Once in Shae’s Mustang we put the roof back and headed off into the Houston night to meet up with Clayton and my internet sparring partner, Reece. But before we got to Rudyards English style bar (not at all English by the way) Shae announced we would be making a slight detour. “I want to show you something really freaky.” He said in his slow motion voice.
Ordinarily I might worry if someone I had never actually met announced they wanted to show me something Freaky, but Shae is a man in the throes of starting church called the Refinery in Baytown, Texas. A Tattooed musician, driving an open top Mustang, and not fearful of the so called ‘bad words’, he is one might say, a modern man of God.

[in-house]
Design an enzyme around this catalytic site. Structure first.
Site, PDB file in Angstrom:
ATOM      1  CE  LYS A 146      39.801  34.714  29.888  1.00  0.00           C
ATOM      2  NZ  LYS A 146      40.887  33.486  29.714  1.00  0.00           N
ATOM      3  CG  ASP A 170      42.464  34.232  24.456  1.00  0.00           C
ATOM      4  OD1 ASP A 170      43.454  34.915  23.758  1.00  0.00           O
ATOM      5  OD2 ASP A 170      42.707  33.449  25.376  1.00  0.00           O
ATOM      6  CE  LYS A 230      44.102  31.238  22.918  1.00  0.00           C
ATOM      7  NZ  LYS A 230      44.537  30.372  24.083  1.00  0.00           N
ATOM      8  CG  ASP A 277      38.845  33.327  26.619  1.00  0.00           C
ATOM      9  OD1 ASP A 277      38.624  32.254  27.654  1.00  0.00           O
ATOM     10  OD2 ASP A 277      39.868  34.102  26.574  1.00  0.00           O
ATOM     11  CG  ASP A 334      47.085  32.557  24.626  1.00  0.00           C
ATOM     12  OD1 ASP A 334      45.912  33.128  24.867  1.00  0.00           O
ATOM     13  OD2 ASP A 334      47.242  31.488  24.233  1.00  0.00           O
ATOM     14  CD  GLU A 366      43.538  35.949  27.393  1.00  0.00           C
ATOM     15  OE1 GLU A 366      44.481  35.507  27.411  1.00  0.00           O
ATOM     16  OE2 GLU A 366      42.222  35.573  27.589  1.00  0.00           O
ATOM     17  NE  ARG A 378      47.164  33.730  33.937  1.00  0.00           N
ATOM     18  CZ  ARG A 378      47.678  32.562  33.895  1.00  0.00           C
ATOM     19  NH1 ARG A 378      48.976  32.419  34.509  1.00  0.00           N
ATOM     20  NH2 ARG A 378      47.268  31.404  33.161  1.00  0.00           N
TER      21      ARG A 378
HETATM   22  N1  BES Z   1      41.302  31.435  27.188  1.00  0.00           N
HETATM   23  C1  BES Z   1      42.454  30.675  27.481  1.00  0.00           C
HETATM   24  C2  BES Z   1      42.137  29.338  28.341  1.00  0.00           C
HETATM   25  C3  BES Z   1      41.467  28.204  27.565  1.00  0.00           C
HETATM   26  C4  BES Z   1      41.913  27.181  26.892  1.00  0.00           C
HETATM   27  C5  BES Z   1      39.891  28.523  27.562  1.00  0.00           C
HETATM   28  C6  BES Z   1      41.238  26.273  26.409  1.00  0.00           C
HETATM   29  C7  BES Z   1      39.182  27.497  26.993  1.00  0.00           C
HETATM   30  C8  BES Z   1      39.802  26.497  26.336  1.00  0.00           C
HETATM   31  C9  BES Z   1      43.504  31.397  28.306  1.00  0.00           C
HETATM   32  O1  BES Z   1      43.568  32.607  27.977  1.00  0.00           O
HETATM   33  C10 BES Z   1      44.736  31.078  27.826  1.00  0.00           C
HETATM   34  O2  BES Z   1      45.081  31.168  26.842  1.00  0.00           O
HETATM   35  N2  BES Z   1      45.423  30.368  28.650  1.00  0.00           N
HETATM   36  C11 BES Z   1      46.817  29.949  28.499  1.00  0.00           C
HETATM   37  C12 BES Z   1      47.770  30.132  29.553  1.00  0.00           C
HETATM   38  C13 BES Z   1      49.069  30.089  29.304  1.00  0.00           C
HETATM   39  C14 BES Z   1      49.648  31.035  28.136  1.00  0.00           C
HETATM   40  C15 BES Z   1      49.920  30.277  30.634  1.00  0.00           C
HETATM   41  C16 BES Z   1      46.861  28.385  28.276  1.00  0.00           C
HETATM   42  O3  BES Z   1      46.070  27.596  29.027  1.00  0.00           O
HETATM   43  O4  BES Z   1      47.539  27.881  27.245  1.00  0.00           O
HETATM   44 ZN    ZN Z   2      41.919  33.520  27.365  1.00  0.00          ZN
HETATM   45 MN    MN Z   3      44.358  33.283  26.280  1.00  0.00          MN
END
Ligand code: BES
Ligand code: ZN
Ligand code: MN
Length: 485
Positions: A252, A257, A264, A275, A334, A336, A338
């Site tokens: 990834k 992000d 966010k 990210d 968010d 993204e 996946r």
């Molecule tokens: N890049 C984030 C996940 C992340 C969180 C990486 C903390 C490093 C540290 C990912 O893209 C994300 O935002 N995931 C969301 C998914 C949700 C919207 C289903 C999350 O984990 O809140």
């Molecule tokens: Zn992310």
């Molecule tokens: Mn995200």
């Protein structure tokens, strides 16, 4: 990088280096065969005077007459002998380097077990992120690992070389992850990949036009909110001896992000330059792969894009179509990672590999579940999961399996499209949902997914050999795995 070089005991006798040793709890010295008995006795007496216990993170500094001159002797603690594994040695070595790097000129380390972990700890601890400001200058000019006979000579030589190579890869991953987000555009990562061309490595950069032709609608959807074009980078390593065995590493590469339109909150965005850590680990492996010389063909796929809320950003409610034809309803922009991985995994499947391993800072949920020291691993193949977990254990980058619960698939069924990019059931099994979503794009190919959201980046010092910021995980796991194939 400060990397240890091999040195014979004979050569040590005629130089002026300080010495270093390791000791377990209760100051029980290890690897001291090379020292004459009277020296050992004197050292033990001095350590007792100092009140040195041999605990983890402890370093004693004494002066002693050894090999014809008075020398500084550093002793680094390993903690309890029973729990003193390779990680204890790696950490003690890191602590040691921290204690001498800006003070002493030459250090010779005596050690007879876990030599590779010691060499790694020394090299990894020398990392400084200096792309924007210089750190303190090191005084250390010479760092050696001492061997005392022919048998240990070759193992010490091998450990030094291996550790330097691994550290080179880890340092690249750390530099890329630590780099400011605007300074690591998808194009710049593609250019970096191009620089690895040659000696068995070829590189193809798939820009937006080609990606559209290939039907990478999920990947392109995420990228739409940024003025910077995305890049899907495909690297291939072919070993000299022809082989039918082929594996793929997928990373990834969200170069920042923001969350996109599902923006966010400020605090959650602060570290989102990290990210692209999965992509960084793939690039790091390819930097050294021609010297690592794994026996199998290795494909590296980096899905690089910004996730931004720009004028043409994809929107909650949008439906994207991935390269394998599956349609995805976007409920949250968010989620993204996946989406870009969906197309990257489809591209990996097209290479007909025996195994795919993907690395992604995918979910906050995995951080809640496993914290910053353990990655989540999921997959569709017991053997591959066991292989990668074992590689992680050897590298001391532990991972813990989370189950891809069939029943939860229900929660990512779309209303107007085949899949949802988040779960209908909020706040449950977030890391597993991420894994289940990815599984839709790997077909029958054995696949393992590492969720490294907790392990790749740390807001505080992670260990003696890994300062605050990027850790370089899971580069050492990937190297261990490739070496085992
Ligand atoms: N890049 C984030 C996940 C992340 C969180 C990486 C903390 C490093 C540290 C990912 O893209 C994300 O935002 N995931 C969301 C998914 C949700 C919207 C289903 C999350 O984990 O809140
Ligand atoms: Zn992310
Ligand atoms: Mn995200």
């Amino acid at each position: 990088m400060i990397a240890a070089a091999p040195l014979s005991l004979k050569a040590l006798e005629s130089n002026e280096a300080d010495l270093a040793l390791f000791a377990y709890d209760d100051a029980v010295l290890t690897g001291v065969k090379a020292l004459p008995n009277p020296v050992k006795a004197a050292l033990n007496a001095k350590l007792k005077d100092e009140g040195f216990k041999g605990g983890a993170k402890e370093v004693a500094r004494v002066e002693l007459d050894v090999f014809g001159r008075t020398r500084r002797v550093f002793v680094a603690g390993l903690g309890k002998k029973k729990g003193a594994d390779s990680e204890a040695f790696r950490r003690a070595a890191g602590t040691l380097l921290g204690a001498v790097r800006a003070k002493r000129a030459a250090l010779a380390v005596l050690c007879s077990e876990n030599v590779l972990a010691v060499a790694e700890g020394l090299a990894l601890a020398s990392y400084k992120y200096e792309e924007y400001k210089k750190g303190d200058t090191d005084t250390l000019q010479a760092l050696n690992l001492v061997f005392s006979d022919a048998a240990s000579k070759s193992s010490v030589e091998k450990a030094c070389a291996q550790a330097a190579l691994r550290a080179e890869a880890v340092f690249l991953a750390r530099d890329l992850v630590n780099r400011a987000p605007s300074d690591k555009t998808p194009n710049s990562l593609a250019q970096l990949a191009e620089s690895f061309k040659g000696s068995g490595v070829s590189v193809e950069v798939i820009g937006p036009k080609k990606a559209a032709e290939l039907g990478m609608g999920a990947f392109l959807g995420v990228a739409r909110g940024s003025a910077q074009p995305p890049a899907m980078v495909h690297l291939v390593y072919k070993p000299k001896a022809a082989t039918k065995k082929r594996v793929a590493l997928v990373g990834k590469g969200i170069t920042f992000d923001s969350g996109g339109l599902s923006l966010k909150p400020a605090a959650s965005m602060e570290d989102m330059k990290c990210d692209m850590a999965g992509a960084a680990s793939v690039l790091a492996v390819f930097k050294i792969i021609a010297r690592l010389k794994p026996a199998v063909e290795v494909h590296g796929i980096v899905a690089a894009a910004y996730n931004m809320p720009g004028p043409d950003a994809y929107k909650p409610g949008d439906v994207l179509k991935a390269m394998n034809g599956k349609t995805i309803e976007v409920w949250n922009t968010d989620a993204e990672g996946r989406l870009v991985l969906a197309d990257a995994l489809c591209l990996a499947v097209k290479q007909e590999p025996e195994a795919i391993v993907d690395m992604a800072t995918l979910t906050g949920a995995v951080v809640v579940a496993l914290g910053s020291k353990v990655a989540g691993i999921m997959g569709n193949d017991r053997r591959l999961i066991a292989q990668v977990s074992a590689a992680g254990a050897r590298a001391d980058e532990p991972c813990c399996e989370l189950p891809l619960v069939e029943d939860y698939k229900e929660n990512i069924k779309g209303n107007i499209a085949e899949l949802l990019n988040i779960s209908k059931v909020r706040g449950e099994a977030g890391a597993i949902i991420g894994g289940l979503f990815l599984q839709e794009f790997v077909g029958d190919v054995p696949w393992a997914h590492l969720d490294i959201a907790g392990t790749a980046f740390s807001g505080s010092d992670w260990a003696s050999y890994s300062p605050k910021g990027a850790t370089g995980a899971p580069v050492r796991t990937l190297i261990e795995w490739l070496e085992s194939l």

The freaky thing that Shae considered a ‘must see’ for a visiting man from England were a collection of Presidents heads hidden away behind some utterly forgettable industrial building near a Target store. Lined up next to each other like criminals in a mug shot book, the men that have lead America stood in stoney faced silence as if waiting for a sentence to be passed. Shae didn’t know what they were for but I later learned that they were the work of local sculpture, David Adickes, for a ‘Presidents Park‘ in Williamsburg, Virginia. Shae wasn’t wrong though, in this lonesome forgotten setting and shrouded in darkness, the Presidents as grandiose as they may have been, looked thoroughly freaky.